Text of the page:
It wasn’t quite a last resort, but the call had a tone of desperation.

After parting ways with a former caddie at the Charles Schwab Challenge, Robert MacIntyre needed a fill-in for the RBC Canadian Open. A handful of queries went unfulfilled, so MacIntyre dialed up his emergency option – his dad Dougie.

The Scotsman didn’t want to inconvenience his father, who still resides in MacIntyre’s hometown of Oban, Scotland, and works full-time as head greenkeeper at Glencruitten Golf Club – but Dougie MacIntyre knows his son’s game inside and out. He coached him until he was 14 or 15 years old and was an accomplished shinty player, only without the funds to pursue his full potential at the sport’s highest level (MacIntyre describes shinty as “a cross between field hockey and organized violence”).

Dougie MacIntyre hadn’t caddied since DP World Tour Q-School in fall 2017, but this week marked a critical juncture in his son’s first season as a PGA TOUR member – the highly touted MacIntyre, 27, arrived in Canada at No. 75 on the FedExCup standings, right on the bubble to qualify for the FedExCup Playoffs (top 70 after the Wyndham Championship in August). The call was made, and the answer was a quick yes – after confirming he could take the week off from work.

That call led to more than they could have imagined. MacIntyre earned his first PGA TOUR title at the RBC Canadian Open, carding a final-round 68 at Hamilton Golf & Country Club for a 16-under 264 total, one stroke clear of Ben Griffin. Not only does he get the proverbial monkey off his back, after a gripping one-stroke defeat to Rory McIlroy at last summer’s Genesis Scottish Open, but MacIntyre cements exempt PGA TOUR status through 2026 and qualifies for this season’s remaining Signature Events. (He’s also safely inside the top 60 in the Official World Golf Ranking, meaning he can cancel his Monday tee time at 36-hole U.S. Open Final Qualifying, in which his dad was also planning to carry the bag.)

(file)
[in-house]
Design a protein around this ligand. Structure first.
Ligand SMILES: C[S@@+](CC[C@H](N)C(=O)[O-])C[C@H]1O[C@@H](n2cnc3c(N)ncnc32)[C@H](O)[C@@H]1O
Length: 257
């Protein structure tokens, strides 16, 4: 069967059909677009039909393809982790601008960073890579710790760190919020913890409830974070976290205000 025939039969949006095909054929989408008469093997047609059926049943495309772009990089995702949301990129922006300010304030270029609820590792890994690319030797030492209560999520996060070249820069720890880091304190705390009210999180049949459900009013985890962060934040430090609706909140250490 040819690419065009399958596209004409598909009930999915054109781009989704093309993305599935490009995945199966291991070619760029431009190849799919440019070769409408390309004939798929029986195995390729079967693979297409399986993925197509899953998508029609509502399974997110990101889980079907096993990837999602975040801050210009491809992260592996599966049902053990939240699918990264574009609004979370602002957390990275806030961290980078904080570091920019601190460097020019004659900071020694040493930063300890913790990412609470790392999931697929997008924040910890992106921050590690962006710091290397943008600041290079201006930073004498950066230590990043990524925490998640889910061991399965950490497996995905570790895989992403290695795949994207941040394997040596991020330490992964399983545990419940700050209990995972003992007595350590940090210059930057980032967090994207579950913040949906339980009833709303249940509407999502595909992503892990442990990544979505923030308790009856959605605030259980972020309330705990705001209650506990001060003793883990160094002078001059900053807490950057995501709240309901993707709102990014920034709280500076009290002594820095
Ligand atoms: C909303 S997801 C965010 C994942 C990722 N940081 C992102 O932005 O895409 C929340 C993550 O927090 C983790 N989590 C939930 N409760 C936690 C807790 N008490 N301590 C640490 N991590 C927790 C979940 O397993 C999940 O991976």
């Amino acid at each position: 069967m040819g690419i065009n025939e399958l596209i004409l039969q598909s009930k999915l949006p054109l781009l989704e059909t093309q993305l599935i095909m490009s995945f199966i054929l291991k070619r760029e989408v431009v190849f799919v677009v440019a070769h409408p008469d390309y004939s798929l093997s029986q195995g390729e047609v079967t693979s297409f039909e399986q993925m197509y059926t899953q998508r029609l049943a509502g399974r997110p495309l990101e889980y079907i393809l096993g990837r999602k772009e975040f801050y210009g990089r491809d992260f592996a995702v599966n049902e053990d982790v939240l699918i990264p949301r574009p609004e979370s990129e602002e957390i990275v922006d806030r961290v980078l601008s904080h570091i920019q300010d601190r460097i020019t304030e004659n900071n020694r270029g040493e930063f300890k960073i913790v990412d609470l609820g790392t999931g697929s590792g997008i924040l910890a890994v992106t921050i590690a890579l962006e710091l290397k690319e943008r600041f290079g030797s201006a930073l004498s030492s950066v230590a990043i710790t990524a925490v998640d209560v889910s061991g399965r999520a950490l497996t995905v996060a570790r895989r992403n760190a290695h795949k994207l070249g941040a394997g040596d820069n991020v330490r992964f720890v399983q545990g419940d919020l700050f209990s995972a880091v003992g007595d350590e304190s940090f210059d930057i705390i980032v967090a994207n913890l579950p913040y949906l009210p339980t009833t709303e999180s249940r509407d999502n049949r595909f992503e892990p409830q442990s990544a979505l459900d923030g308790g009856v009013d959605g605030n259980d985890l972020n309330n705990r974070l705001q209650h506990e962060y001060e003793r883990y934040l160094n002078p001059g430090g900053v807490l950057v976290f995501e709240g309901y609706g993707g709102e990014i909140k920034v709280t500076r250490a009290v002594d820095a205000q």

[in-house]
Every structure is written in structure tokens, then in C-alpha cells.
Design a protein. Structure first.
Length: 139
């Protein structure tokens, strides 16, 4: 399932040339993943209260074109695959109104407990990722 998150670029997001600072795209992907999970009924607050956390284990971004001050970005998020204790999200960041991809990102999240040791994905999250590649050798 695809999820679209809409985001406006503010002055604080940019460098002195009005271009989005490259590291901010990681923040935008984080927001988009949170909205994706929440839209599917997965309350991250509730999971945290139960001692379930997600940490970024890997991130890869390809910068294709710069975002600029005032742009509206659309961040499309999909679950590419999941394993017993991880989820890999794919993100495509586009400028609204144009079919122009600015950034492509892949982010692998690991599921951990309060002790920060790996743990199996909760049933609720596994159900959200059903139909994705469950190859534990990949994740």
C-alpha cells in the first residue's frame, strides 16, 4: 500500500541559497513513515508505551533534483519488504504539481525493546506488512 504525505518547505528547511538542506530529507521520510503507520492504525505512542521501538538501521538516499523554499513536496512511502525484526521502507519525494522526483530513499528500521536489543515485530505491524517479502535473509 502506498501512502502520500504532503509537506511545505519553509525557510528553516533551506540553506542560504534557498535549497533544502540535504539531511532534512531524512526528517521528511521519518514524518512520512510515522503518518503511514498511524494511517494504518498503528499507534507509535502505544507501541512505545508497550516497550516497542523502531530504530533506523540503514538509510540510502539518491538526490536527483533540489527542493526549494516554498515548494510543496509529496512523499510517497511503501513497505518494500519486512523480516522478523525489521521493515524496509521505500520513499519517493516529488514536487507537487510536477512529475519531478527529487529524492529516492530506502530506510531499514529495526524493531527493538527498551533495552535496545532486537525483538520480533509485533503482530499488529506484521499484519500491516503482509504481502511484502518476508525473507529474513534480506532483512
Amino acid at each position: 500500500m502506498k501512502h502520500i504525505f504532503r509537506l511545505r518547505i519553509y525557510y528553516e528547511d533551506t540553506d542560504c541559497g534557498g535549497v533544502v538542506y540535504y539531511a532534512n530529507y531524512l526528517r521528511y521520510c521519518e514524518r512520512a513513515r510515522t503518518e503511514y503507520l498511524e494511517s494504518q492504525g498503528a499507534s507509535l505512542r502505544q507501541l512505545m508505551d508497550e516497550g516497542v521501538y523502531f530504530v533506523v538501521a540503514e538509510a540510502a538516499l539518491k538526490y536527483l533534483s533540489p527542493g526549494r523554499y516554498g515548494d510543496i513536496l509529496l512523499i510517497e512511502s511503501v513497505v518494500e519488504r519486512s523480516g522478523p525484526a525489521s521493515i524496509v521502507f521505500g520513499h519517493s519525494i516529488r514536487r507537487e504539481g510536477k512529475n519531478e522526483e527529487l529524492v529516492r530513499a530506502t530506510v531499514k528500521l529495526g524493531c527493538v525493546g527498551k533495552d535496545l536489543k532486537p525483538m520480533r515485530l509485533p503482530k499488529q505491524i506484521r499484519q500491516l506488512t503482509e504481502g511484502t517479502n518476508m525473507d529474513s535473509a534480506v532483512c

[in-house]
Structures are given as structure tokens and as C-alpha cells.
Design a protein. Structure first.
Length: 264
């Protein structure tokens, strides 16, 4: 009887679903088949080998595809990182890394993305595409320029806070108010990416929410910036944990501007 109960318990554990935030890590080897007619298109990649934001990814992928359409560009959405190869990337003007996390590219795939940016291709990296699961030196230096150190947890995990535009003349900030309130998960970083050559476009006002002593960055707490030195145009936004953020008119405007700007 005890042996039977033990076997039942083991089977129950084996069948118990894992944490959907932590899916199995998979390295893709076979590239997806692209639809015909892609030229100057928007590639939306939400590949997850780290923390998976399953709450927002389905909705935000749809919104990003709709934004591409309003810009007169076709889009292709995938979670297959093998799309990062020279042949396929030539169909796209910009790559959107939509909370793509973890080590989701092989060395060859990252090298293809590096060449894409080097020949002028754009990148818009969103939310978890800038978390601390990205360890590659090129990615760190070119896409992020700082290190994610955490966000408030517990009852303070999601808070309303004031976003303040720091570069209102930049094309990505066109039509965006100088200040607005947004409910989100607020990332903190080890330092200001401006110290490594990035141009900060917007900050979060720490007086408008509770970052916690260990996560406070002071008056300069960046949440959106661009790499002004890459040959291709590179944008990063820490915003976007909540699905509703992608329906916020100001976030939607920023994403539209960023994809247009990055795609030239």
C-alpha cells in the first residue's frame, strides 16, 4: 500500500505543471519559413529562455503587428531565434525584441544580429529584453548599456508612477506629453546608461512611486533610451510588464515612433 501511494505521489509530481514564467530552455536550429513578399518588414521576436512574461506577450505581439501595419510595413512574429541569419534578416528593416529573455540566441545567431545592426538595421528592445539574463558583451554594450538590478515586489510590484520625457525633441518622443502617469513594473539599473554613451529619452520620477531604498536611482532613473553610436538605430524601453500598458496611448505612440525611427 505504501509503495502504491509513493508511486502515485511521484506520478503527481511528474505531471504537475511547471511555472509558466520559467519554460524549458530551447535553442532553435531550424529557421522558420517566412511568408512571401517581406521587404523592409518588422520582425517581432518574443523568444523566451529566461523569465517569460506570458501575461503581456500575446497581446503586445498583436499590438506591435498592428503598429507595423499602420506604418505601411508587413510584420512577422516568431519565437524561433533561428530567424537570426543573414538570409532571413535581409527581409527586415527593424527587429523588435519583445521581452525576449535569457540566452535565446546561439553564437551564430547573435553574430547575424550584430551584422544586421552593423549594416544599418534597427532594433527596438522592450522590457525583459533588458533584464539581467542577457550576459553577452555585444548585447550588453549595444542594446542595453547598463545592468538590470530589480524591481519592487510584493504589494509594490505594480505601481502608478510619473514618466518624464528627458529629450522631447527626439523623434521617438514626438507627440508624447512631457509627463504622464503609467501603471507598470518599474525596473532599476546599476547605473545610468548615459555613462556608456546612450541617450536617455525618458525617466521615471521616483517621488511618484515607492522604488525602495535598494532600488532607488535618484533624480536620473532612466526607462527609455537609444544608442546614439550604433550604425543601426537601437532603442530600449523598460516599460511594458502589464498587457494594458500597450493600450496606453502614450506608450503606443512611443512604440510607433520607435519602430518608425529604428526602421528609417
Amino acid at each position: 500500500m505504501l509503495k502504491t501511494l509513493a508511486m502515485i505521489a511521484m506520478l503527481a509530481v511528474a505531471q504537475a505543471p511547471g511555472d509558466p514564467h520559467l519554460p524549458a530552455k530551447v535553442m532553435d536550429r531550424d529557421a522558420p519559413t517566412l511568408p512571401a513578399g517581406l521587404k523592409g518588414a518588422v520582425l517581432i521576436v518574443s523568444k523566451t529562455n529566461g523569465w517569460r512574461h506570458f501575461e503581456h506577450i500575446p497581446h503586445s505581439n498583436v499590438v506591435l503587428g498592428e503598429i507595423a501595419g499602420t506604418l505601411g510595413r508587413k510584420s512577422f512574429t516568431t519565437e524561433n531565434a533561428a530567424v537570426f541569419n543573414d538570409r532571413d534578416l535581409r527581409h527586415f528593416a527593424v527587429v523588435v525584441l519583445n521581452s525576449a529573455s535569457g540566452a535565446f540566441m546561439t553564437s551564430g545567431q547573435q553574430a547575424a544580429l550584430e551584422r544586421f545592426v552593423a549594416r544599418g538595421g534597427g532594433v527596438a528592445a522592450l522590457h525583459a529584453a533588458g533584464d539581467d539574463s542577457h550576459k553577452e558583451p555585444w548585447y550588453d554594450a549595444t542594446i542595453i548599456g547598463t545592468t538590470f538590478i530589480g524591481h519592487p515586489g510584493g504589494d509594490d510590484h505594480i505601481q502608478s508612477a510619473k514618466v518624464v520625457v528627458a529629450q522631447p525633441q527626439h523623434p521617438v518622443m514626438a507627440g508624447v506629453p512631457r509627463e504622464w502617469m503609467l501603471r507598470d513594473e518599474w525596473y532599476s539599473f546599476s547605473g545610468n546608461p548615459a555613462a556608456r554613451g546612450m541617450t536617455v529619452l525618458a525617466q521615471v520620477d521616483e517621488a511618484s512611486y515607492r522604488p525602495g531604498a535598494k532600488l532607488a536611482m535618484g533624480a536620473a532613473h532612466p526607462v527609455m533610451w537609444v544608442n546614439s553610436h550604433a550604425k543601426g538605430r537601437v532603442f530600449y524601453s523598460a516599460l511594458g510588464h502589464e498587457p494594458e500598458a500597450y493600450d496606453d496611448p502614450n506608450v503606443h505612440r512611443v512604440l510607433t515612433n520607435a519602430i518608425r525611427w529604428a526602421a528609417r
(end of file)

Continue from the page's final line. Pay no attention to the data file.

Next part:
Dougie MacIntyre is the first father to caddie his son to a PGA TOUR title since Jack Slocum (for son Heath) at the 2005 Southern Farm Bureau Classic. This isn’t a permanent arrangement by any means; MacIntyre said he has a full-time caddie scheduled to start at next week’s Memorial Tournament presented by Workday – which is a new addition to his schedule after his victory in Canada. (He might have liked to return home to Oban for some celebrations, he quipped afterward, but he figures a trip to Muirfield Village isn’t a bad idea.)

MacIntyre is a chip off the old block, known on TOUR for his kindness and humility – which he certainly inherited from his father. MacIntyre’s parents (Dougie and mom Carol) are longtime foster parents; MacIntyre grew up with several foster brothers and sisters. The family wasn’t particularly well off; MacIntyre didn’t have the pick of the litter when it came to junior golf tournaments, but he was always loved, supported and encouraged. He grew to understand the rough upbringings of his foster brothers and sisters – some had been abused or neglected – and he learned not to take anything for granted. After his son’s victory Sunday in southern Ontario, Dougie MacIntyre gave away golf balls and towels to young fans, conversing and sharing in their revelry. He was in full dad effect.